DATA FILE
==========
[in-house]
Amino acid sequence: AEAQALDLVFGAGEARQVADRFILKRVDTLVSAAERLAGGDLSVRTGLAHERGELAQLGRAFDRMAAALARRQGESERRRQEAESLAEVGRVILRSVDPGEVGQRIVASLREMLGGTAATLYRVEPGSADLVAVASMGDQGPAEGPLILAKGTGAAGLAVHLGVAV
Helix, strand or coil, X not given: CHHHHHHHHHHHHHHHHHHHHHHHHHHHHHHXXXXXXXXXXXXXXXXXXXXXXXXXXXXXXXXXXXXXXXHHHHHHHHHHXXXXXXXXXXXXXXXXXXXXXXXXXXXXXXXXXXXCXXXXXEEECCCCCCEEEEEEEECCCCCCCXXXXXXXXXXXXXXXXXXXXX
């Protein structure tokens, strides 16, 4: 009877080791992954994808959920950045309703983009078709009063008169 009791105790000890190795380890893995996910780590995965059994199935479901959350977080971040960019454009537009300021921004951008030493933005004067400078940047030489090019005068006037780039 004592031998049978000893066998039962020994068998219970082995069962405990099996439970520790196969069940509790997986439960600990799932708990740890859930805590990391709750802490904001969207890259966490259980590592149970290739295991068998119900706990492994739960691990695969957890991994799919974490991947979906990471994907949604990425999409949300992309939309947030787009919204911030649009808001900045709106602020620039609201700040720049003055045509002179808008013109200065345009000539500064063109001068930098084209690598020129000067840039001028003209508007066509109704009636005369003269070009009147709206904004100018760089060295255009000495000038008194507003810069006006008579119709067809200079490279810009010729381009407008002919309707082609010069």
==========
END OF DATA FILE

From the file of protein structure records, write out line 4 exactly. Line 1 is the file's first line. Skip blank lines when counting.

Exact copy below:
């Protein structure tokens, strides 16, 4: 009877080791992954994808959920950045309703983009078709009063008169 009791105790000890190795380890893995996910780590995965059994199935479901959350977080971040960019454009537009300021921004951008030493933005004067400078940047030489090019005068006037780039 004592031998049978000893066998039962020994068998219970082995069962405990099996439970520790196969069940509790997986439960600990799932708990740890859930805590990391709750802490904001969207890259966490259980590592149970290739295991068998119900706990492994739960691990695969957890991994799919974490991947979906990471994907949604990425999409949300992309939309947030787009919204911030649009808001900045709106602020620039609201700040720049003055045509002179808008013109200065345009000539500064063109001068930098084209690598020129000067840039001028003209508007066509109704009636005369003269070009009147709206904004100018760089060295255009000495000038008194507003810069006006008579119709067809200079490279810009010729381009407008002919309707082609010069």